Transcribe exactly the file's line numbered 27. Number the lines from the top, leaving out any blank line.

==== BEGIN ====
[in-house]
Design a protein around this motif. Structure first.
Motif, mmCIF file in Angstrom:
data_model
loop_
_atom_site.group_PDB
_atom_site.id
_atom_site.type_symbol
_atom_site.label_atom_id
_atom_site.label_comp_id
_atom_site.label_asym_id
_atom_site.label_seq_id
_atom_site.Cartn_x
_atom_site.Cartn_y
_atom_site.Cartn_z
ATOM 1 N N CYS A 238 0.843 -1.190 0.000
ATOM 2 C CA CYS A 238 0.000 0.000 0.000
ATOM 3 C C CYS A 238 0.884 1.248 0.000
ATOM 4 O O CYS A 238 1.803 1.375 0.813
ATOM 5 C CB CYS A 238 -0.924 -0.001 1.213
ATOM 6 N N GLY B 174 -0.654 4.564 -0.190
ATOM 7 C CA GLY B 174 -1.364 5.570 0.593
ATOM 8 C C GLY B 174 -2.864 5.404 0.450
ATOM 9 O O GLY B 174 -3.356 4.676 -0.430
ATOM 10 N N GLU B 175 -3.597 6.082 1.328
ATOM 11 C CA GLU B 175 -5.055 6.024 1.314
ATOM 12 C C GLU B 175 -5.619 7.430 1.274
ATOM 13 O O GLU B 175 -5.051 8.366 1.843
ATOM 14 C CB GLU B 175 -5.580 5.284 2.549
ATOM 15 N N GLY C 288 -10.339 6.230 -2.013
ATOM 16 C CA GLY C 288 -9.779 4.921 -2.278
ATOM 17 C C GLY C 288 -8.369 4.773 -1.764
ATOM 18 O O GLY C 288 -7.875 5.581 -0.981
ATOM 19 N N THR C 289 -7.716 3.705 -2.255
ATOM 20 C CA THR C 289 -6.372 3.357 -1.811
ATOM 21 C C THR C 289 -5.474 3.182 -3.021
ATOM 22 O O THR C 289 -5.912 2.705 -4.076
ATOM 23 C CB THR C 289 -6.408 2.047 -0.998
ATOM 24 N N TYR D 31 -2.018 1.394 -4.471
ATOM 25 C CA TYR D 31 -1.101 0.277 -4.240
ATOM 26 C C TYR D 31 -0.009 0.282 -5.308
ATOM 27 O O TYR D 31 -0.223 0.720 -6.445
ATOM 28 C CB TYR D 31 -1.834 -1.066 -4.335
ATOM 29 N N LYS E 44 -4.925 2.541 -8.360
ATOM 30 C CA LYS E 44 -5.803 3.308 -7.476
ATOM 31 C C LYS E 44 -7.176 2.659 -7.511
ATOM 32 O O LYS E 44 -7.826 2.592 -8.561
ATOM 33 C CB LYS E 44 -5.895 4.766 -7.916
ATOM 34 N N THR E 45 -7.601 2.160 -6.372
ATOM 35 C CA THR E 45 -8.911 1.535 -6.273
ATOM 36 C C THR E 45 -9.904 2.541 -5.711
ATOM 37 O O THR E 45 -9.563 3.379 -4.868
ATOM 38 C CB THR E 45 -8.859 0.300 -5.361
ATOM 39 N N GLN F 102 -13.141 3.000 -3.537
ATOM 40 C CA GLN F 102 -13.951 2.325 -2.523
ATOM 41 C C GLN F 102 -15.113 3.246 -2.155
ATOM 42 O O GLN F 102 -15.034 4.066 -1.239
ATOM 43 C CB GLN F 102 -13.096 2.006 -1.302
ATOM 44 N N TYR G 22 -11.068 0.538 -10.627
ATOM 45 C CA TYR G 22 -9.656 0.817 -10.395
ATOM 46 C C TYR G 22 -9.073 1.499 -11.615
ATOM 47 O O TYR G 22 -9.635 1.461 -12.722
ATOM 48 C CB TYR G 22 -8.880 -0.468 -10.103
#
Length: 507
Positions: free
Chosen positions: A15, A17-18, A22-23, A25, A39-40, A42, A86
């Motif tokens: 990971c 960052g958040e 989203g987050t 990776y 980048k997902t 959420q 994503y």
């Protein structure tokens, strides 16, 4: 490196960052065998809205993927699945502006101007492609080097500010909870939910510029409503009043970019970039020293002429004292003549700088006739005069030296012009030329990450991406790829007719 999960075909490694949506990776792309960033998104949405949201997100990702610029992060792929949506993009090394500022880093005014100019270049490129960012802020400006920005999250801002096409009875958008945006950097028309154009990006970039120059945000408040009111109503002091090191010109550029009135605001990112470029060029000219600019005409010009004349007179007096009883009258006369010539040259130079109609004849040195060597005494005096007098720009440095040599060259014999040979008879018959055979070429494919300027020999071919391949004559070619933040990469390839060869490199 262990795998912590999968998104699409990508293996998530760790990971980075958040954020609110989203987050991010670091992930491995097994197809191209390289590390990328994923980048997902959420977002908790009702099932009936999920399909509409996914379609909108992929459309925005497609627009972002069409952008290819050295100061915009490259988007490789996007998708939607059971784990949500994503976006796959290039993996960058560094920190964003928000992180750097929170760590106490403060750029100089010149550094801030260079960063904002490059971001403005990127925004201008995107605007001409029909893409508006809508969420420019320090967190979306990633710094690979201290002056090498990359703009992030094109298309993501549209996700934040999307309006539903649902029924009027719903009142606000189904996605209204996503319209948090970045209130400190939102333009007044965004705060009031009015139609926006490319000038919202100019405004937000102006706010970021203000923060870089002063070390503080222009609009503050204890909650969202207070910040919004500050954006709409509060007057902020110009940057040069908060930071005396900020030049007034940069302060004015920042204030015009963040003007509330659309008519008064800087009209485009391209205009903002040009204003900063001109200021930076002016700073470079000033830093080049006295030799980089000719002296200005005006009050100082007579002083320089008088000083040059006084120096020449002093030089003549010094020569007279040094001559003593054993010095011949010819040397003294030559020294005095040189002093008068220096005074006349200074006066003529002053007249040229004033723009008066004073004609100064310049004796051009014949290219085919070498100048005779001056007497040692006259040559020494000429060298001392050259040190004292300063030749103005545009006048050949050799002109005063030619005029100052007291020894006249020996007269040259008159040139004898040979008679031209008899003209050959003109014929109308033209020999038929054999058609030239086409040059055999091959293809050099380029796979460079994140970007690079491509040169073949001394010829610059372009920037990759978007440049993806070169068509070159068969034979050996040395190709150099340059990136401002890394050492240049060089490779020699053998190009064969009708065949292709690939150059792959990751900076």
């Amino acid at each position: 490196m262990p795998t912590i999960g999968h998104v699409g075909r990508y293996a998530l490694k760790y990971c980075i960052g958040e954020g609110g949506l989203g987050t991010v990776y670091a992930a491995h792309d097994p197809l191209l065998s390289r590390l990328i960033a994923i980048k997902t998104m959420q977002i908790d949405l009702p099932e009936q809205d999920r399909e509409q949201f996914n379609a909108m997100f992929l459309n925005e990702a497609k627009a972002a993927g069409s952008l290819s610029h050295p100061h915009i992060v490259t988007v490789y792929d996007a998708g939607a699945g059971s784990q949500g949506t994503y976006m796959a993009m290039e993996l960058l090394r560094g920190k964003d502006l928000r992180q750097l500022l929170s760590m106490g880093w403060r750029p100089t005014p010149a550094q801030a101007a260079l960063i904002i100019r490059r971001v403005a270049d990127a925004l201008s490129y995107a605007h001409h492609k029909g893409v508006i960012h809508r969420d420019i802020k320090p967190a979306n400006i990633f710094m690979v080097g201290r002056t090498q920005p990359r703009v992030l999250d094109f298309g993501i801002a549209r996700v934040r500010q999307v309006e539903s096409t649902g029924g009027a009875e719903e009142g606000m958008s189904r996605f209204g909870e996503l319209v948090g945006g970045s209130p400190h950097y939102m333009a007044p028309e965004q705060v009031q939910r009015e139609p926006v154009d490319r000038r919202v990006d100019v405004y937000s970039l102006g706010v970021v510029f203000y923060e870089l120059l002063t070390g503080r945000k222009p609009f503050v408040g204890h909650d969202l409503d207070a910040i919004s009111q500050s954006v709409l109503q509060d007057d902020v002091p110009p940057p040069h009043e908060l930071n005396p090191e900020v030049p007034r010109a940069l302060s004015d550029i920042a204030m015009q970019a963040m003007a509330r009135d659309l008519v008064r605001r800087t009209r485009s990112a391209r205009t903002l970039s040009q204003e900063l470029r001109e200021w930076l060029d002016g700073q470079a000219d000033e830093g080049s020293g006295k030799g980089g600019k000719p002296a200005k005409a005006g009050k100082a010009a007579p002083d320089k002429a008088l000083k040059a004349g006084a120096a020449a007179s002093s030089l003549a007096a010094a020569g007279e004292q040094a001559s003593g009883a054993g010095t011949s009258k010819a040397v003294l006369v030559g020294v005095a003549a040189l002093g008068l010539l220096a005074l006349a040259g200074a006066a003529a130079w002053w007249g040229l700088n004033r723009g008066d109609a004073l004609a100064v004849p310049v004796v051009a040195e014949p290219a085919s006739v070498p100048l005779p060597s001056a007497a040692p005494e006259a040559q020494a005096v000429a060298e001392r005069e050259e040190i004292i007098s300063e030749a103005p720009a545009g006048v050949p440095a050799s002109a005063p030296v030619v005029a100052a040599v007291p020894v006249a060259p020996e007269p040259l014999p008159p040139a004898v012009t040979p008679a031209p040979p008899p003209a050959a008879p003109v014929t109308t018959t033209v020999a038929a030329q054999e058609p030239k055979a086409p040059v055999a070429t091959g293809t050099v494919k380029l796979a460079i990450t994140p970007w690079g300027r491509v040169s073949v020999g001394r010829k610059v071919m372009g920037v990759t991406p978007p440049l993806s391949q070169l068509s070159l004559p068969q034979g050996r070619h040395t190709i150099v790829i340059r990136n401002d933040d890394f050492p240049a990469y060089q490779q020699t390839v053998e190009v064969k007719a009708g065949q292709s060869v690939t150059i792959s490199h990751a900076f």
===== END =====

ATOM 12 C C GLU B 175 -5.619 7.430 1.274